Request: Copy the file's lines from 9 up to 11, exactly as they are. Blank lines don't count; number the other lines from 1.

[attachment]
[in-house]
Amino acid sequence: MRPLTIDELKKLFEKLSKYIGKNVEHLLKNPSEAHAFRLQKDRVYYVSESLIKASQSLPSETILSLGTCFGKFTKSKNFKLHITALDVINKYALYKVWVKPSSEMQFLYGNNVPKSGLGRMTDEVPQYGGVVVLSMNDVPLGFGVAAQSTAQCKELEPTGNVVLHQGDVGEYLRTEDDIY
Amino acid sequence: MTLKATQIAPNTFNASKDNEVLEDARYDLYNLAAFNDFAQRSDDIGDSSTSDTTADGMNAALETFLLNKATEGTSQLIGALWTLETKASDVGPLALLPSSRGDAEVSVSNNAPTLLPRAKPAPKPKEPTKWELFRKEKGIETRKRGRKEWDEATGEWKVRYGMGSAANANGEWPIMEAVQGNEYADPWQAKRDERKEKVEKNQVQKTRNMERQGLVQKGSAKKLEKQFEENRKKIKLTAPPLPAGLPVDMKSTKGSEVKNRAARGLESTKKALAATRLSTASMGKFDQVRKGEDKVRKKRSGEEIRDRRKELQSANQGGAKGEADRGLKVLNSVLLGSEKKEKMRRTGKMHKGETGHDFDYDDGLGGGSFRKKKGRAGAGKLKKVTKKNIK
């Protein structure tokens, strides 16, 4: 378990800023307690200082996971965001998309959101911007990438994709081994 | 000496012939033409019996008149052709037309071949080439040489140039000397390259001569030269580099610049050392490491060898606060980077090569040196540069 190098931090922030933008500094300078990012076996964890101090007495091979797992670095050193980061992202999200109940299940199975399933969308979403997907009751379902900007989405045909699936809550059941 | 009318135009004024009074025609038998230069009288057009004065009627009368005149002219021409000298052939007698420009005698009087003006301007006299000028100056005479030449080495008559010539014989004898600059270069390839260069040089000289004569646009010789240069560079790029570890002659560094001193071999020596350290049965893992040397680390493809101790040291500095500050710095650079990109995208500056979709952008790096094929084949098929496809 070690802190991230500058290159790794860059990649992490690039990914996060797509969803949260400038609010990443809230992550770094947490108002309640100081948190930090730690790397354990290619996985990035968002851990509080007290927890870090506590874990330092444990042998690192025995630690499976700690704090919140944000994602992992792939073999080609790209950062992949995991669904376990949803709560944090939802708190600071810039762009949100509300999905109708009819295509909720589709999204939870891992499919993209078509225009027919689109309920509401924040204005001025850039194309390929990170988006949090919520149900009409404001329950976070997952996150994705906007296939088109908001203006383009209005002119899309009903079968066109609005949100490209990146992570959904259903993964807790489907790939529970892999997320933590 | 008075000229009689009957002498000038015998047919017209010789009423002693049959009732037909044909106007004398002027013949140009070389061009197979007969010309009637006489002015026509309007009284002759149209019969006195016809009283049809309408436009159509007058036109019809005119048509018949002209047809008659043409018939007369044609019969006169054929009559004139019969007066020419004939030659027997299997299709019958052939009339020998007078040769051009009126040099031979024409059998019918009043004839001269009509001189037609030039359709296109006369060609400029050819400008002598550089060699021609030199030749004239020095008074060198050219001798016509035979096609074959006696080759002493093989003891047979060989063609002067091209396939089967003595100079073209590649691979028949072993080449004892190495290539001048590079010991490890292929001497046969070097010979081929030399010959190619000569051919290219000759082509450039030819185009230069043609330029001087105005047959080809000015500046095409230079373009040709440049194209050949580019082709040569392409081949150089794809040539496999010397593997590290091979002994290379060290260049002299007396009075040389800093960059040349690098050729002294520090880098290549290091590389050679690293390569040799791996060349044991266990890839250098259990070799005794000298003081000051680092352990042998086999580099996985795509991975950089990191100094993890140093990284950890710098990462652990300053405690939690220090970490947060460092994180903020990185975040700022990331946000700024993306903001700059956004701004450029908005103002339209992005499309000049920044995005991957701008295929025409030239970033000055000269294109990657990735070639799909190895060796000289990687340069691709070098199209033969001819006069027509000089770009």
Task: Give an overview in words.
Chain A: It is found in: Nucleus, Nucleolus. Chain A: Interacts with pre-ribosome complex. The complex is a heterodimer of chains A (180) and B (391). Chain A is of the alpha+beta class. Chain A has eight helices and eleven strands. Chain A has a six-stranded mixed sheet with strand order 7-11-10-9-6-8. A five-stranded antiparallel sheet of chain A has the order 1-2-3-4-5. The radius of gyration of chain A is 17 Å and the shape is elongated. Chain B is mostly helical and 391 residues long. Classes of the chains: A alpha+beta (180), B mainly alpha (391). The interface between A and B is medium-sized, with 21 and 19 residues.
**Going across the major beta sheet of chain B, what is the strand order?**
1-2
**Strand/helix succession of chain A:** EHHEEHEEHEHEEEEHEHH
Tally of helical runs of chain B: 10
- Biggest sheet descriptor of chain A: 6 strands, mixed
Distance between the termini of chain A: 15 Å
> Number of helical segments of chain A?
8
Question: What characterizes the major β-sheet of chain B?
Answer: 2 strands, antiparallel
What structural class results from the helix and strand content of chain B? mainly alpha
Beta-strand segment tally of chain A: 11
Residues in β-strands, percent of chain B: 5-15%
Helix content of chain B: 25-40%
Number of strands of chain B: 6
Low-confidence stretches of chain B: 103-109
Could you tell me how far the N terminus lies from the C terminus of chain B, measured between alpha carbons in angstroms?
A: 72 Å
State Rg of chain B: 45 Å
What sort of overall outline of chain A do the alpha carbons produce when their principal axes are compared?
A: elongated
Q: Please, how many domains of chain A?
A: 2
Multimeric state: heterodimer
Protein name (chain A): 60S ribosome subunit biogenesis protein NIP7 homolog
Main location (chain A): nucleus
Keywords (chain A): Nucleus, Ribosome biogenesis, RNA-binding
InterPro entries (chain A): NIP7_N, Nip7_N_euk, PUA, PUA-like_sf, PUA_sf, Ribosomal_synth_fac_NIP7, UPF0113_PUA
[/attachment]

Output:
**Strand/helix succession of chain A:** EHHEEHEEHEHEEEEHEHH
Tally of helical runs of chain B: 10
- Biggest sheet descriptor of chain A: 6 strands, mixed